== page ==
Under the PAC-3 MSE initiative the company will incorporate a larger, more powerful motor into the missile for added thrust, along with larger fins and other structural modifications for more agility. The modifications will extend the missile's reach by up to 50 percent. The larger fins, which will collapse to allow the missile to fit into the current PAC-3 launcher, will give the interceptor more maneuverability against faster and more sophisticated ballistic and cruise missiles.
The MSE upgrade takes the Cost Reduction Initiative (CRI) missile design and improves on it with a higher performance, dual pulse, eleven inch diameter Solid Rocket Motor (SRM) design, improved Lethality Enhancer, thermally hardened front end for longer fly out, upgraded batteries, enlarged fixed fins, more responsive control surfaces, and upgraded guidance software. These improvements provide a more agile, lethal interceptor missile, which results in a substantial missile performance improvement while enhancing Insensitive Munitions (IM) compliance. A more IM compliant hydroxy-terminated polyether (HTPE) propellent for the SRM is being developed for the MSE program as well as a less sensitive Lethality Enhancer. A single canister design is also being developed under the MSE contract, which provides the capability to meet the MEADS requirements for single round loading and reconstitution. The MSE missile is being designed so that integration into both the existing four-pack canister design and the single canister design is possible.
The flight test program included one controlled test flight and two guided intercept tests against threat representative tactical ballistic missiles (TBMs). All testing was conducted at White Sands Missile Range, NM. These enhancements are the natural, pre-planned evolution of a system that was baselined in 1994. The MSE is a true spiral development that will enable a very capable interceptor to grow to the requirements of defeating new and evolving threats. These enhancements will assure that the PAC-3 Missile Segment of the Patriot Air Defense System will be capable of defeating these threats far into the future.
The Battalion Tactical Operations Center (BTOC) is an M900 series 5-ton expandable van that has been modified by the addition of data processing and display equipment, and utilized by the battalion staff to command and control the Patriot battalion. The BTOC allows the staff to perform automated tactical planning, communications link planning, and to display situational awareness information. In 1995 PAC-3 Configuration 1 added a new pulse Doppler processor that significantly improved radar performance. Engagement Control Station (ECS) and Information Coordination Central (ICC) upgrades improved weapons control, computer throughput, memory and reliability. ECS and ICC upgrades also added an optical disk and embedded data-recording equipment to decrease computer access times, improve reliability and provide a tactical data-recording capability.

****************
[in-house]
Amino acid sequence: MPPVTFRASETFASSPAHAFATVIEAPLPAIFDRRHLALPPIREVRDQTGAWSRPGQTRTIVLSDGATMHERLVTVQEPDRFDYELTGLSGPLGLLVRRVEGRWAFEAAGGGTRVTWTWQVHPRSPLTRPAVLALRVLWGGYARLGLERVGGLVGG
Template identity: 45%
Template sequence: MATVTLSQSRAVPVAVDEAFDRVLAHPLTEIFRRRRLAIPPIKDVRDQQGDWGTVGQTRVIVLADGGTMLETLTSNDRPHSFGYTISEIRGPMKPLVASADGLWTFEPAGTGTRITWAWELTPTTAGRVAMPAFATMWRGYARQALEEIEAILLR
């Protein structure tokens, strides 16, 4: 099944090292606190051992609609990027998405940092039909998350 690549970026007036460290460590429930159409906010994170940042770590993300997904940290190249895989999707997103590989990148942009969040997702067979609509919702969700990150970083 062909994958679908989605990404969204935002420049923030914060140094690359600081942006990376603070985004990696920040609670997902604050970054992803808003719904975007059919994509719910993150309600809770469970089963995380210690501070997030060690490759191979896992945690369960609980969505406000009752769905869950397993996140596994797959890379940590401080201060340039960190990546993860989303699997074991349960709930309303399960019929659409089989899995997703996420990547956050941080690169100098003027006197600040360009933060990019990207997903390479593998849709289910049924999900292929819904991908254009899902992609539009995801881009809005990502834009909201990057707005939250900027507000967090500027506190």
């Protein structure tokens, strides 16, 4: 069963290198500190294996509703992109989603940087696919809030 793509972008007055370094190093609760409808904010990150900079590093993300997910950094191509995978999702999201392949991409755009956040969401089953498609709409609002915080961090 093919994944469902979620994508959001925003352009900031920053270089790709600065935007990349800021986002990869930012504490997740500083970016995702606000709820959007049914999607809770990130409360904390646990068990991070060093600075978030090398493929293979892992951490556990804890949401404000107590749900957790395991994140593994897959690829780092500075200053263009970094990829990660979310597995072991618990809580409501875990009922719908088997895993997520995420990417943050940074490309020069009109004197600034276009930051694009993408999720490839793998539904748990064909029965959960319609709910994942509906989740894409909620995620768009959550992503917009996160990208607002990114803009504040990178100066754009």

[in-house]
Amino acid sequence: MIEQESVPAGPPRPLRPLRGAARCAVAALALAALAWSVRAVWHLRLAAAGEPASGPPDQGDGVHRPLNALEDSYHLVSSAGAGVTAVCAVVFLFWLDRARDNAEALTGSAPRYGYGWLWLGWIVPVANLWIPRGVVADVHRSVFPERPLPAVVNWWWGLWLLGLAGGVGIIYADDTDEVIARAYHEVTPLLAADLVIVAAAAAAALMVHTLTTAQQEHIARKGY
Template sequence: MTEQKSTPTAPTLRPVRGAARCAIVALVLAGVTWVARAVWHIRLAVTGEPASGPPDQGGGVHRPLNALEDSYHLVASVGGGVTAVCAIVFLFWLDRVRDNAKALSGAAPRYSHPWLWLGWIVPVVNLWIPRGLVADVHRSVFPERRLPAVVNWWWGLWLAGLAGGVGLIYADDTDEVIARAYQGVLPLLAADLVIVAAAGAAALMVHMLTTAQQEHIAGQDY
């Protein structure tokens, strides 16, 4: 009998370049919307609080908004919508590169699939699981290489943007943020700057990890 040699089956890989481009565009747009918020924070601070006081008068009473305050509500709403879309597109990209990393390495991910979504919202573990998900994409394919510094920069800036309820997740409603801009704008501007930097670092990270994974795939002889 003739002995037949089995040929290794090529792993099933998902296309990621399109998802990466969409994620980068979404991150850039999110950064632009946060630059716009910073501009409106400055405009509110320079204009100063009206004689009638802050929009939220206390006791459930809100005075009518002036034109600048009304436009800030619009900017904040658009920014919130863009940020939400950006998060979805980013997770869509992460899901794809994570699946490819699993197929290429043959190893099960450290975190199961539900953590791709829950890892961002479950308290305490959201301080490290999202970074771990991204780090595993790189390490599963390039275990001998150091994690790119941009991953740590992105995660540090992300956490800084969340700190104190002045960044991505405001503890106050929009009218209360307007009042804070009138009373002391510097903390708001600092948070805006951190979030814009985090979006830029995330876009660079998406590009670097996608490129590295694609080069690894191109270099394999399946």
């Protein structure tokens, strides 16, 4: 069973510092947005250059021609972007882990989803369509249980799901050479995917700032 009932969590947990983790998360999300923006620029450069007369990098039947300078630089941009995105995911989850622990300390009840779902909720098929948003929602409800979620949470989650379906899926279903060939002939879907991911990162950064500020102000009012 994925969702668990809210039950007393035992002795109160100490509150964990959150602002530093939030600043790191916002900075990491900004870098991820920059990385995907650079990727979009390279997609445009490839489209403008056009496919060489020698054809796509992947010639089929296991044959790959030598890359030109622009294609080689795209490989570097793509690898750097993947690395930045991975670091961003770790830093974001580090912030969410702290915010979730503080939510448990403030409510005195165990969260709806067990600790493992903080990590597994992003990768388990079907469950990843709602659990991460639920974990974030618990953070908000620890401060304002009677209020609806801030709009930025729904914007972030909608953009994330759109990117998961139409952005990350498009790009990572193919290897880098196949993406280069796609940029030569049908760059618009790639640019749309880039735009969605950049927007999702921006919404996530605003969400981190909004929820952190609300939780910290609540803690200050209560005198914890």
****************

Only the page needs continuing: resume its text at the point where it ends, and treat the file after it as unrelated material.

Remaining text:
In 1996 PAC-3 Configuration 2 improved the communications processor and added the Joint Tactical Information Distribution System to improve communications and interfaces with joint forces. Fielded Post Deployment build (PDB) 4 software improved multifunction radar performance, detected small radar cross section targets and improved system detection, identification and engagement of anti-radiation missiles and aircraft carrying those missiles. The PEO Missile Defense approved full-rate production for the PAC-3 Configuration 2 Communication Enhancement Phase I (CE-1) in October 1995. This contained the bulk of the hardware modifications for Configuration 2. The last major upgrade prior to the fielding of the full PAC-3 capability, Configuration 2 included improved radar performances, a self defense capability against anti-radiation missiles, and the ability to receive and process information from external intelligence sources.
In 2000 PAC-3 Configuration 3 Ground Equipment added dual travelling wave tube units and a new radio frequency exciter to the radar to further improve radar multifunction performance and detection of small targets in cluttered environments. A Classification, Discrimination, Identification Phase III program significantly improved radar range performance to discriminate and identify a tactical ballistic missile warhead from other target debris or objects. Post Deployment Build 5 software improved radar multifunction performance, determined tactical ballistic missile impact and launch points, and provided interfaces with the Terminal High Altitude Area Defense System. Remote launch improvements increased the location of launchers from the ECS from a distance of 10 kilometers to 30 kilometers. This dramatically increased Patriot's defended area.
The PAC-3 Missile has been selected as the primary interceptor for the multi-national MEADS program. Managed by the NATO MEADS Management Agency (NAMEADSMA), MEADS is a transatlantic development program focused on the next generation of air and missile defense. MEADS will focus on risk reduction, application of key technologies and validation of a system design incorporating the PAC-3 Missile as the prime interceptor.